Brianna’s grandma was all she had.
When Brianna was taken away from her mother as a baby, her grandparents took her in. Her grandma was her role model, her protector, and her best friend. She gave Brianna all the love she needed.
Brianna always wanted to be a singer, and her grandma would accompany her on the piano. Brianna didn’t even mind that the other kids at school had moms and dads, and that she didn’t. Because she couldn’t imagine a parent being any more perfect than her grandma.
Her grandfather, however, wasn’t so sweet. He was an angry man, and as Brianna got older, he became resentful and cruel. He would tell Brianna she was stupid and annoying. When she sang, he would tell her to shut up.
When he got frustrated, he would lose control. And when he got angry, he would hit Brianna’s grandma. With his hands or with a belt. There was nothing Brianna could do to stop him.
Brianna had always liked school. She was a naturally good student, and got along with her teachers. But as things at home got more chaotic, she struggled to stay motivated.
Some days, she would get distracted during the lessons. Or she would snap at her peers. She started hanging out with kids who seemed tough so she could learn to stand up to her grandpa.
The violence at home was taking its toll on someone else, too.
Brianna’s grandma’s health started to fail her. Soon, she could barely walk. Some days, she could barely speak.
Brianna would skip school to stay home and take care of her grandma. She didn’t want to miss a moment with her. Brianna stopped doing her homework assignments. She just wanted to be by her grandma’s side.
And she was—when her grandma passed away.
Brianna was devastated. Her caretaker was gone. And she was terrified to be at home alone with her grandfather. She didn’t know if she would be the next target for his violence.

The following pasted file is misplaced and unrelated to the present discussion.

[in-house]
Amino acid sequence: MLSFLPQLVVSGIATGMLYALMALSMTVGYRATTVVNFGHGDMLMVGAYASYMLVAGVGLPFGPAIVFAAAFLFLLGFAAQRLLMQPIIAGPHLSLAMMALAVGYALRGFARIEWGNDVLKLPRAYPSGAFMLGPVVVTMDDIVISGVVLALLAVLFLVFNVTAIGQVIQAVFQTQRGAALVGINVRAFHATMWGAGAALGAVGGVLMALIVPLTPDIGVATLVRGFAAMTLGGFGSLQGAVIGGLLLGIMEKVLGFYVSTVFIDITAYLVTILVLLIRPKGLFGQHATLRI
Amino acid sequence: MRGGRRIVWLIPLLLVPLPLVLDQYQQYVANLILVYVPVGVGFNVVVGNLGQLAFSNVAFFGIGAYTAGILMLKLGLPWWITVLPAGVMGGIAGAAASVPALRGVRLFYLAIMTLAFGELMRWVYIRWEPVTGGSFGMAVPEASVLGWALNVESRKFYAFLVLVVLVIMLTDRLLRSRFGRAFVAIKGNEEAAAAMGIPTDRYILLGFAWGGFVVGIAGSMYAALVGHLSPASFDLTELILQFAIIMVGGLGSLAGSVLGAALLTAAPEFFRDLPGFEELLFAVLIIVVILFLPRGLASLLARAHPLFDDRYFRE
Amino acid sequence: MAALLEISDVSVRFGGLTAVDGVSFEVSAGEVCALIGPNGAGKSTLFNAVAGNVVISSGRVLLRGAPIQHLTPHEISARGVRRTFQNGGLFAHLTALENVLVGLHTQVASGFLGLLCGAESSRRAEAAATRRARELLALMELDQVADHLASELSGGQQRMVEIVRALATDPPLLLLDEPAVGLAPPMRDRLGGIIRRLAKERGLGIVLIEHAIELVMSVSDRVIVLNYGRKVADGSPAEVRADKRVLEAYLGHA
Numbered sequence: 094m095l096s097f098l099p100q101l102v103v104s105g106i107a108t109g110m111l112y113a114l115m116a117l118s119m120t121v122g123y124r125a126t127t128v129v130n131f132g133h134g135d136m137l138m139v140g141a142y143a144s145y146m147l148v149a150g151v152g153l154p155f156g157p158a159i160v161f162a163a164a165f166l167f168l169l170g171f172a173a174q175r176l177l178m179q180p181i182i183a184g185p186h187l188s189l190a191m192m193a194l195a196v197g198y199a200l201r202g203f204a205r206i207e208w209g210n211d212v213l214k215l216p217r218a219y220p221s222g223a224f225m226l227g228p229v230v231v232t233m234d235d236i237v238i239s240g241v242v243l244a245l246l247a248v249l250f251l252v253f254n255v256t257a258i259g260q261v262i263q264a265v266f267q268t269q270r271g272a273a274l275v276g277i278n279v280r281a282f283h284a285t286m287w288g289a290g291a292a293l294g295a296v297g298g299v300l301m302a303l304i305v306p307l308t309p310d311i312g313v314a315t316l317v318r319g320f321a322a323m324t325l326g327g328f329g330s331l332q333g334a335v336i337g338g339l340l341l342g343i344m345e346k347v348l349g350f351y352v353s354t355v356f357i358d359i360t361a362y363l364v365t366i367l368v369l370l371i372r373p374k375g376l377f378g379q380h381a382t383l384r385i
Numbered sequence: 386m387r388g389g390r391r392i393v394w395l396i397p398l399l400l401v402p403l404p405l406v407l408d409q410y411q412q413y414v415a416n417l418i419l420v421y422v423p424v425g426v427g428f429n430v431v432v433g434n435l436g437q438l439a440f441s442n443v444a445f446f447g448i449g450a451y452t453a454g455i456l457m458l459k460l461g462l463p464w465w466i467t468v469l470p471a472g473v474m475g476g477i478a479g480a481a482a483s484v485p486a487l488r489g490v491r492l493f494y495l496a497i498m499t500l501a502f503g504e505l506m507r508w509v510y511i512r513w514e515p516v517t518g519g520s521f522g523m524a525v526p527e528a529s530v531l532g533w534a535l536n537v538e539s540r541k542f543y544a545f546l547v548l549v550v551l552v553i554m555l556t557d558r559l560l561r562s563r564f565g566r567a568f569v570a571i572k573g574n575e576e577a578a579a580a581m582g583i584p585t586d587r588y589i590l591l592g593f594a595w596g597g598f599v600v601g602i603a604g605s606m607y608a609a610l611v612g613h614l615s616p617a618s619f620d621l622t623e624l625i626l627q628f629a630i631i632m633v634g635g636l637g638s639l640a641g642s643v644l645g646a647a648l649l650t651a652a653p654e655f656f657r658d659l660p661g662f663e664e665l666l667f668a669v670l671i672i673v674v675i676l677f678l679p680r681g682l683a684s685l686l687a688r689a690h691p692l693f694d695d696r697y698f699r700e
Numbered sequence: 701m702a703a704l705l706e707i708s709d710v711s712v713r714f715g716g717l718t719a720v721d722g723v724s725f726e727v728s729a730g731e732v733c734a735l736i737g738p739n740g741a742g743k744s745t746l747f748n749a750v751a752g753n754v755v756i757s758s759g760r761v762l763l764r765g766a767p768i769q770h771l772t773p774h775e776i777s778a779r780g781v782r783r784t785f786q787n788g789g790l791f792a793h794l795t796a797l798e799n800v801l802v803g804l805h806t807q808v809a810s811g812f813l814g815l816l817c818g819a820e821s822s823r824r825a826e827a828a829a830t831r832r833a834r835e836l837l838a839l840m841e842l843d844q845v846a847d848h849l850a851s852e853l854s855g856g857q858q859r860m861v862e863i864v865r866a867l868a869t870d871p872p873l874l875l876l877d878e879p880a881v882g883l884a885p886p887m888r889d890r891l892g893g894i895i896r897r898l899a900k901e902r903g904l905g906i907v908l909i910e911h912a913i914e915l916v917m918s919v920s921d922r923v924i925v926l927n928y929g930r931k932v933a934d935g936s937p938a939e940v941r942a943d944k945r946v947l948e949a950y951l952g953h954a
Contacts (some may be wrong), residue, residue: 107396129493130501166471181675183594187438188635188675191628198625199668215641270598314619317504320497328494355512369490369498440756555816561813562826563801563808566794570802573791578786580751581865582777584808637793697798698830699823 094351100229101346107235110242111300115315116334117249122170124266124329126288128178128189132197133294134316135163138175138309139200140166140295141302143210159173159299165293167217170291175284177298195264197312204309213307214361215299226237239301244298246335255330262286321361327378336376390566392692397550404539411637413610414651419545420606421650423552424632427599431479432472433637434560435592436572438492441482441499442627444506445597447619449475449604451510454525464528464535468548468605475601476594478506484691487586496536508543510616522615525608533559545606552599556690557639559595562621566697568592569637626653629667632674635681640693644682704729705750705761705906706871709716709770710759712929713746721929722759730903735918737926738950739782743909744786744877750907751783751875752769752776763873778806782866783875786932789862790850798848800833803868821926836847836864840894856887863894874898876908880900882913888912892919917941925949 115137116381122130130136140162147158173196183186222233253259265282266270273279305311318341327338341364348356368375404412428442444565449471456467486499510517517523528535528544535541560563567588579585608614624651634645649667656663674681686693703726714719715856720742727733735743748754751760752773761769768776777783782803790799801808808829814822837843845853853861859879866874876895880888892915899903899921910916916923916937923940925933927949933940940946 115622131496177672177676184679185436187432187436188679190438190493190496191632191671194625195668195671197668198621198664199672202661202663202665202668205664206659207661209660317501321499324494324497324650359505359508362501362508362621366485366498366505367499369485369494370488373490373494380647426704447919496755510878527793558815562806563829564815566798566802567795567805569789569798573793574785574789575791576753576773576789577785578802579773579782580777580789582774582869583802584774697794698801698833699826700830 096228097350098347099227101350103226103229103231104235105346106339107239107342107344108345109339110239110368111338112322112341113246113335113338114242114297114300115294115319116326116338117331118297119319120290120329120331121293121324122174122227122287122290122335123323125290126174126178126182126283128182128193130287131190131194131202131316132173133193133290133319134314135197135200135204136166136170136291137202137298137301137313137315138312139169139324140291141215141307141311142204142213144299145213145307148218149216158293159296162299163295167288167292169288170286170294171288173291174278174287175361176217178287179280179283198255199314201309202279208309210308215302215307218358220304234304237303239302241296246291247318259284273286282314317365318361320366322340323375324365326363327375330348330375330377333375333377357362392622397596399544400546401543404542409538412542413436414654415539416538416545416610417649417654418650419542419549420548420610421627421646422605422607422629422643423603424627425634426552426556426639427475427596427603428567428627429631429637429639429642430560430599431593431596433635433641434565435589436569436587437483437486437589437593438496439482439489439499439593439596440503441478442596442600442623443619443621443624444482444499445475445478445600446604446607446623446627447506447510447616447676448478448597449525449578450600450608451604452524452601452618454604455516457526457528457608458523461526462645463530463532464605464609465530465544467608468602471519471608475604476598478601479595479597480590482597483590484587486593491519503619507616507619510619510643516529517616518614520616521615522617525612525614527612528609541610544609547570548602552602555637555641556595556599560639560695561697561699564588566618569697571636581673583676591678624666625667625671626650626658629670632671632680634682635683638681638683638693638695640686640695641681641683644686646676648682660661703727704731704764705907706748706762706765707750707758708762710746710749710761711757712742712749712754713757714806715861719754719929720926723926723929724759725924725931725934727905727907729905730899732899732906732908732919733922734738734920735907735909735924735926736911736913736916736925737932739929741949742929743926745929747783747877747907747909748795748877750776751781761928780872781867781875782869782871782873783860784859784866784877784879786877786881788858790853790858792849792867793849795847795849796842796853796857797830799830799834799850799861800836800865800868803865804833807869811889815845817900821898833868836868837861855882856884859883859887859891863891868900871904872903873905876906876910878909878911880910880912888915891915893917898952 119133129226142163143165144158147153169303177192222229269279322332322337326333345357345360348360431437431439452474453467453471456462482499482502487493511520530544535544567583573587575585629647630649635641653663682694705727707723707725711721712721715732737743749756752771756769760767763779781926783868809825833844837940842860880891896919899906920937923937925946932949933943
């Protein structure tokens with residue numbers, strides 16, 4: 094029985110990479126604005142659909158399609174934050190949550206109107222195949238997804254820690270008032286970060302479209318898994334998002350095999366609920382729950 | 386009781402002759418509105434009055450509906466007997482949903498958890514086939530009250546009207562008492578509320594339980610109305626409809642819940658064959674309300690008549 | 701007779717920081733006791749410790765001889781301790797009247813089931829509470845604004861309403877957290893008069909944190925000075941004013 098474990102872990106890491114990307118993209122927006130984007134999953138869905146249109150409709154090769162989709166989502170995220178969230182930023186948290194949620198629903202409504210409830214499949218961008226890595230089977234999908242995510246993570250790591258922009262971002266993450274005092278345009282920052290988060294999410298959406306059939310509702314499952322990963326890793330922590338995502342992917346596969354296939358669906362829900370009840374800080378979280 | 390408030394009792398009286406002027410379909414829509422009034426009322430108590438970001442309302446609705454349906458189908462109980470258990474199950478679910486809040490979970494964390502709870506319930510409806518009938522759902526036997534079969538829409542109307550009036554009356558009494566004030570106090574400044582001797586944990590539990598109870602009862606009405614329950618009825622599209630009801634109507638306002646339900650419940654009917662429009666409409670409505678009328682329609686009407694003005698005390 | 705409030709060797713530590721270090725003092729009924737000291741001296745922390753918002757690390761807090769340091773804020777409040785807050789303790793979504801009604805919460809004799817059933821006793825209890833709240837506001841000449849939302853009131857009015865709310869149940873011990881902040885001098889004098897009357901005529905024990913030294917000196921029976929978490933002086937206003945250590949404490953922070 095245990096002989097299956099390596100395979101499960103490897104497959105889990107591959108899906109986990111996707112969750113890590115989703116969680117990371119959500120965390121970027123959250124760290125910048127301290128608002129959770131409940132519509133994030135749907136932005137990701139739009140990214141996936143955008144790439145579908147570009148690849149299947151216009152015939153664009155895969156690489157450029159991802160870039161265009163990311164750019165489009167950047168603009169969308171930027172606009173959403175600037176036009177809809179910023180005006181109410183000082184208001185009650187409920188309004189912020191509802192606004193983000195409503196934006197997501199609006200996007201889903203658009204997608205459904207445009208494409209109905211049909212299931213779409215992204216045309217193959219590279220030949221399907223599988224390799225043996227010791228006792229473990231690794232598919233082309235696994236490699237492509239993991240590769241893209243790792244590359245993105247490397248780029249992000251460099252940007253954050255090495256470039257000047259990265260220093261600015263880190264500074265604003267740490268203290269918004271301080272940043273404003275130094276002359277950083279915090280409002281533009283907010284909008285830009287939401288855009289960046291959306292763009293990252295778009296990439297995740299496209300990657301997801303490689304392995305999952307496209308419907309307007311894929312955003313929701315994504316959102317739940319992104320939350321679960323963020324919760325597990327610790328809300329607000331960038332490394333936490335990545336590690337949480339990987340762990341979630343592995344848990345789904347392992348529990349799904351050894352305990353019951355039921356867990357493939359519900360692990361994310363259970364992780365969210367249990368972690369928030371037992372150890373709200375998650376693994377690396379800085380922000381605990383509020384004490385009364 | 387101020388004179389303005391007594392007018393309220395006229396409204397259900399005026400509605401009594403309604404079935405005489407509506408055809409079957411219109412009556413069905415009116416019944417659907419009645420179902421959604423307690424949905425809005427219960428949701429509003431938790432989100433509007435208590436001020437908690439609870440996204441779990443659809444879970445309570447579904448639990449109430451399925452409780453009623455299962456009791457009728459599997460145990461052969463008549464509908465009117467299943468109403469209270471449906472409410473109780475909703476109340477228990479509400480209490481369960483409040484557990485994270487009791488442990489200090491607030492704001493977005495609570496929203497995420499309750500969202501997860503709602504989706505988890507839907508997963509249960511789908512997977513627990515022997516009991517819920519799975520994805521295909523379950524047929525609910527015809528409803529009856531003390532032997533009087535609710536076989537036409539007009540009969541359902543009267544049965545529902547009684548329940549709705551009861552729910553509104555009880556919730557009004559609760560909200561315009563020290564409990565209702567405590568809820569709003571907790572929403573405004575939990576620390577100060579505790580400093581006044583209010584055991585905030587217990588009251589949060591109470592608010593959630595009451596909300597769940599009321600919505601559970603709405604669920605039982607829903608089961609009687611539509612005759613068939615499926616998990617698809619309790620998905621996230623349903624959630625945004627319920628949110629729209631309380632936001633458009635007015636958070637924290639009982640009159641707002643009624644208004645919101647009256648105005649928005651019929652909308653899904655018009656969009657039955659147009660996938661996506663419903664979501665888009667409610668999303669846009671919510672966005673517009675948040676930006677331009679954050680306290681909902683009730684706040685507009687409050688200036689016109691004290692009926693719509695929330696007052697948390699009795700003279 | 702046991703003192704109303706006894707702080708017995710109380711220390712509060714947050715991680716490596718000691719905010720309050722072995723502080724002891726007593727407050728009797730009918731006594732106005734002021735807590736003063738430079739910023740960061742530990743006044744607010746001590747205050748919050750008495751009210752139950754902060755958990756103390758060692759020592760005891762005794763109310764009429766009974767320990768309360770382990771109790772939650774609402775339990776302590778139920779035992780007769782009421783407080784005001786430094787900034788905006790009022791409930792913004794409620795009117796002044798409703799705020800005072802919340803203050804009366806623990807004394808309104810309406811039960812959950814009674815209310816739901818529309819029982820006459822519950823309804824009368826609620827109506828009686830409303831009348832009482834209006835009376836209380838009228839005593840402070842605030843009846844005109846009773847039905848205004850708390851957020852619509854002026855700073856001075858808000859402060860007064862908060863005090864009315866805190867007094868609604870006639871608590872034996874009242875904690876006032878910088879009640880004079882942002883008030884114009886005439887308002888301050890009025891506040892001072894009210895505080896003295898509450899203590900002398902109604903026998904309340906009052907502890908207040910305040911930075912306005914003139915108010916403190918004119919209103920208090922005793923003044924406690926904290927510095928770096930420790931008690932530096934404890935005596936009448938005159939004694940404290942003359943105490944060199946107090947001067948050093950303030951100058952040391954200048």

Brianna stayed with a friend’s family for a while, but she didn’t know what to do. Her world seemed empty. She wanted to give up.
Then a social worker from school came to visit her. He said he knew of a place that would be happy to take her in. Brianna didn’t want to get her hopes up, but she was ready to give it a try.
When Brianna moved in to Mercy Home, she struggled at first. She had been through so much, she wasn’t sure how to talk about it. She went through the motions at school and at our Home. She missed her grandma so much that she was afraid to feel anything at all.
As Brianna got to know our coworkers, she gradually started to feel at home. In time, she was ready to talk to her advocate and her therapist. She opened up in group therapy. She was able to process all she had experienced and relieved to find that we understood.
Her biggest step? Starting music therapy. Brianna began to experiment on instruments in our music room, and our music therapist played along. She would try to remember all the songs she and her grandma did together. And eventually, she was ready to sing again.
Still, Brianna had a lot to make up in school. She worked with our tutors on everything she had missed. It was tough work catching up in so many subjects, but Brianna was determined. And she wanted to make her grandma proud.
Thanks to all the encouragement you make possible, Brianna got back on track in school. She’s doing well in all her classes. She still wants to be a singer, but she wants to be a teacher, too, or even a pediatrician. And she knows that at Mercy Home, she is supported, safe, and loved.
Thank you for giving children like Brianna a place to turn. You show them the care and support they so desperately need. We are forever grateful for the miracles you have brought to their lives. Thank you for watching over them.
Please note: Because we care deeply about protecting our children’s privacy, the names and certain identifying details in this story have been changed.